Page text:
It's the little miracles

All we want from a story is to be reminded that we exist in a universe of miracles. It’s not much because miracles are all around us. The very fact we are talking with each other right now is proof.

But maybe this sounds like hogwash to you. You huff and stare off into the distance. “My story is not about miracles. It’s about the horrible things that happened to me, and how hard I worked to get away. I’m still mad.”

You have every right to be.

And perhaps you’re writing a fiction book about a man solving brutal, shocking crimes. That seems about as far away from miracles as a blizzard in July. You, the tough nut author, don’t understand how this talk about miracles matters in your story.

Let’s take a look at our daily lives.

If you’ve ever gone to Costco, you’ve seen pallets of food and hordes of depressed people. Most folks shove a cart through the aisles where the only surprise is how much food they feel forced to buy. There’s no joy in grabbing another six-pack of lifeless black beans. But if you go to the local farmer’s market on Saturday, you will see customers practically levitate with giddiness over late-summer strawberries. Every little basket seems a miracle offering.

If you can bring a miracle like that to the surface, then you will find hungry readers. And not all miracles need to be as obvious as fresh produce.

A few weeks ago a neighborhood mom posted on Facebook:  'No shower, no makeup, no bra, big coat to hide the floppy boobs means I am heading to Wal-Mart. I apologize in advance.'
Another mom wrote in response: 'Sometimes I don't get out of the car while running errands because sometimes I don't wear a bra. The other day my son asked if we could go in the bank…I said no I was just doing drive up. He began crying then screamed at me, "Why cause you’re not wearing your bra?" I guess I used that excuse in the past and he remembered :) lol'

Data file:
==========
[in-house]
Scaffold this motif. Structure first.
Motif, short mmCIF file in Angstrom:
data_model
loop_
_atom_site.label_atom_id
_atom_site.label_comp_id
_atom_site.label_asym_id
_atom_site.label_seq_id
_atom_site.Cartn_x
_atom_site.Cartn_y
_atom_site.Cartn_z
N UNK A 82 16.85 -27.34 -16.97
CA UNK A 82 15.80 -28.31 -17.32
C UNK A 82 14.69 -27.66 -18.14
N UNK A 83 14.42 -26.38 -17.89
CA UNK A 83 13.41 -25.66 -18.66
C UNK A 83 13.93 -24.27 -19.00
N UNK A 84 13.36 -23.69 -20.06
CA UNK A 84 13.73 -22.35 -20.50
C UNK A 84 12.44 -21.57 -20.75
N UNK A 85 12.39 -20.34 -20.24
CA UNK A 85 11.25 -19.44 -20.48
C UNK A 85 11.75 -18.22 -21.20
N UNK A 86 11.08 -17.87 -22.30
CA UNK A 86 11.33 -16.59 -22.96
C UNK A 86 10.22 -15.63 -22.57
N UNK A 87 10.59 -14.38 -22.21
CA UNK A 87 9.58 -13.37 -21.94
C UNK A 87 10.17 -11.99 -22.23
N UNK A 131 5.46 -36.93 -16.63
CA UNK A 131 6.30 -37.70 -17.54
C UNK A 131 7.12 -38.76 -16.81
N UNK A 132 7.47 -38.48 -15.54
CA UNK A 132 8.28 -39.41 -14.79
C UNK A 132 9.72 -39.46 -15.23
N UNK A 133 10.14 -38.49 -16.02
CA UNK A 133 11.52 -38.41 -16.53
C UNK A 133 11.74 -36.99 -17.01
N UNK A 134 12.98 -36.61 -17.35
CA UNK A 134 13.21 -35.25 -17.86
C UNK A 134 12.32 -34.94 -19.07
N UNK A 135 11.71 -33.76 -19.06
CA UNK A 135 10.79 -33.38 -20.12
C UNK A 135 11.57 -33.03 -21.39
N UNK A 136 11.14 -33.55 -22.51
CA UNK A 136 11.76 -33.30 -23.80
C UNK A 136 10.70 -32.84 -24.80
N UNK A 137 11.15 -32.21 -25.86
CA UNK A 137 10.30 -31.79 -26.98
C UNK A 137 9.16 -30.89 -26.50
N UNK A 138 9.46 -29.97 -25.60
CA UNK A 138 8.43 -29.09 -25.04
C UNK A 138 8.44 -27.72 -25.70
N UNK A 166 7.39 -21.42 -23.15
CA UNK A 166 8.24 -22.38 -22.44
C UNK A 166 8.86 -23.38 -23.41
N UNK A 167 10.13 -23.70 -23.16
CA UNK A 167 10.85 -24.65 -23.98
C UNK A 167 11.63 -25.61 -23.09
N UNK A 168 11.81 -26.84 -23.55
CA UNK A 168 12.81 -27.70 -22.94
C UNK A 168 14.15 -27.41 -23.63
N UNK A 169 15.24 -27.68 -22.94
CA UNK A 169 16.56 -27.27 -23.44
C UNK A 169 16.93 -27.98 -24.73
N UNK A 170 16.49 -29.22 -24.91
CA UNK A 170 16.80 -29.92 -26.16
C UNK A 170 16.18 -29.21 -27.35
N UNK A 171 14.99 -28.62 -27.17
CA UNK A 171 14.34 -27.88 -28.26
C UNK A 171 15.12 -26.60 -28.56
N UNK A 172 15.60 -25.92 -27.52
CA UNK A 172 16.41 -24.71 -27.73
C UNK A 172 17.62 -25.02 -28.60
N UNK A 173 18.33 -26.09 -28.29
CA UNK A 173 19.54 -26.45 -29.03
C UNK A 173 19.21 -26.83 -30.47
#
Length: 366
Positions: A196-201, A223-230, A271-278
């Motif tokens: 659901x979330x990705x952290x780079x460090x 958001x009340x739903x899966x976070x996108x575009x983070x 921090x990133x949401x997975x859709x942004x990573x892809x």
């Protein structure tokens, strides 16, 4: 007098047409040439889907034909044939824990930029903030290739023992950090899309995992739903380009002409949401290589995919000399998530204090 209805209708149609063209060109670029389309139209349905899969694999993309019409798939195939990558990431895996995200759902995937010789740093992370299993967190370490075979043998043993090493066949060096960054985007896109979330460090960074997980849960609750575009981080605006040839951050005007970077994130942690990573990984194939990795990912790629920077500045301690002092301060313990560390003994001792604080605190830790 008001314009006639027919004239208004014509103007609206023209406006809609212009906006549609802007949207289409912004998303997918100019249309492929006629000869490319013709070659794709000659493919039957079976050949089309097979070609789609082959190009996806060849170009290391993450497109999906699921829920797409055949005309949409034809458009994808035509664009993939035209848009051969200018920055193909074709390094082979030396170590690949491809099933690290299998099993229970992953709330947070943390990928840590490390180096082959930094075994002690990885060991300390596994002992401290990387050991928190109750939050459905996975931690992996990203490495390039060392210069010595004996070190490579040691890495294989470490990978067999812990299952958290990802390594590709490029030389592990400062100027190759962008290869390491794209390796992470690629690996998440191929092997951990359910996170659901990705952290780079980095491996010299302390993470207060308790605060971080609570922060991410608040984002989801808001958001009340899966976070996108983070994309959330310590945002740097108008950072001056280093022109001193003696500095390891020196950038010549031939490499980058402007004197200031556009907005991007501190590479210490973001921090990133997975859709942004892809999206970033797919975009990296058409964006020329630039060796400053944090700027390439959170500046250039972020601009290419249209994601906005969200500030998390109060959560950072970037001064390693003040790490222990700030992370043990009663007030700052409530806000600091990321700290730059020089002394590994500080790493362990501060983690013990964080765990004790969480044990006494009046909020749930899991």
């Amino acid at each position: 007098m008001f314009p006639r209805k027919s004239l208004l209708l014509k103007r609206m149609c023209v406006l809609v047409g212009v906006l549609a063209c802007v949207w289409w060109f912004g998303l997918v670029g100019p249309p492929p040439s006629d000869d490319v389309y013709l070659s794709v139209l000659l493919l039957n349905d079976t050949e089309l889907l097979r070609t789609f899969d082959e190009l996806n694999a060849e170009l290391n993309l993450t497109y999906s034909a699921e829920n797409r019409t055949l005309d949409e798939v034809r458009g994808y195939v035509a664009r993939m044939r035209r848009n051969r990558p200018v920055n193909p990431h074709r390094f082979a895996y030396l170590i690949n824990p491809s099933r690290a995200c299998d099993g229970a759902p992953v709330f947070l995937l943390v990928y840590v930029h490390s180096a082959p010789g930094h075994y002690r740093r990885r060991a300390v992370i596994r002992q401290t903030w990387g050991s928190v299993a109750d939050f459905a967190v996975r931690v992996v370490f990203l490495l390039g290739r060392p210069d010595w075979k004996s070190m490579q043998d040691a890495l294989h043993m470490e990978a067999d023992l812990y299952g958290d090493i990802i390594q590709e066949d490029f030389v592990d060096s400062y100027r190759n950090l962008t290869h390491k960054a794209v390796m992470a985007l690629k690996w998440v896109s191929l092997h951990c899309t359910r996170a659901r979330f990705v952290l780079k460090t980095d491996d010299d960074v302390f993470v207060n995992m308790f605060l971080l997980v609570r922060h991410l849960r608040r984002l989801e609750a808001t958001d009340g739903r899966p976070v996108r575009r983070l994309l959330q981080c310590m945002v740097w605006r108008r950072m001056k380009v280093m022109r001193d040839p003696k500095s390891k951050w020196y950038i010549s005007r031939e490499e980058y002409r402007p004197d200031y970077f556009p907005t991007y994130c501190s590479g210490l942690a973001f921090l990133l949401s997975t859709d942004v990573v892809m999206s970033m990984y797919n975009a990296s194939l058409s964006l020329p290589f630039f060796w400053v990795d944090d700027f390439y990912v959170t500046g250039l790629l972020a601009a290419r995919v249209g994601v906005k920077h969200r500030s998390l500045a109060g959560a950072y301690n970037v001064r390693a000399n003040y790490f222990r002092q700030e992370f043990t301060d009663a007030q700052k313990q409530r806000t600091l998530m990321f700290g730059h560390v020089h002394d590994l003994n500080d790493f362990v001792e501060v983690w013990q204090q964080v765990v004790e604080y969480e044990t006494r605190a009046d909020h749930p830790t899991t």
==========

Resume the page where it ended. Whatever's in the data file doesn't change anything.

It’s amazing any mom gets errands done while raising kids, and if a mom happens to also maintain a sense of humor, well, we can put that down in the miracle column.
It doesn’t take much, but you have to sprinkle miracles into your memoir. Go past the pain and hold hands with the neighbor who helped you, the boss who didn’t fire you, the sweetheart who asked you to dance. They’re all miracles in your life. We want to be touched by the miracles you have witnessed. And if you are writing a crime novel, you must find a way to inject miracle moments into your book. You can’t force readers to endure unrelenting pain and sadness, or it will seem as lifeless and depressing as a Costco visit. Only by sharing the things you find amazing will you find an audience that can’t put a finger on why, but oh how they are under your spell.
Take this time to write about the important things, the things that leave you gob-smacked and giddy. The smaller and more hidden they are, the more your reader will love you for pointing out wonders of the universe between the tough lessons you learned. Here are your easy start lines.
I remember this amazing moment when…
I’m still awestruck over…

Sending long distance hugs and good wishes, Janette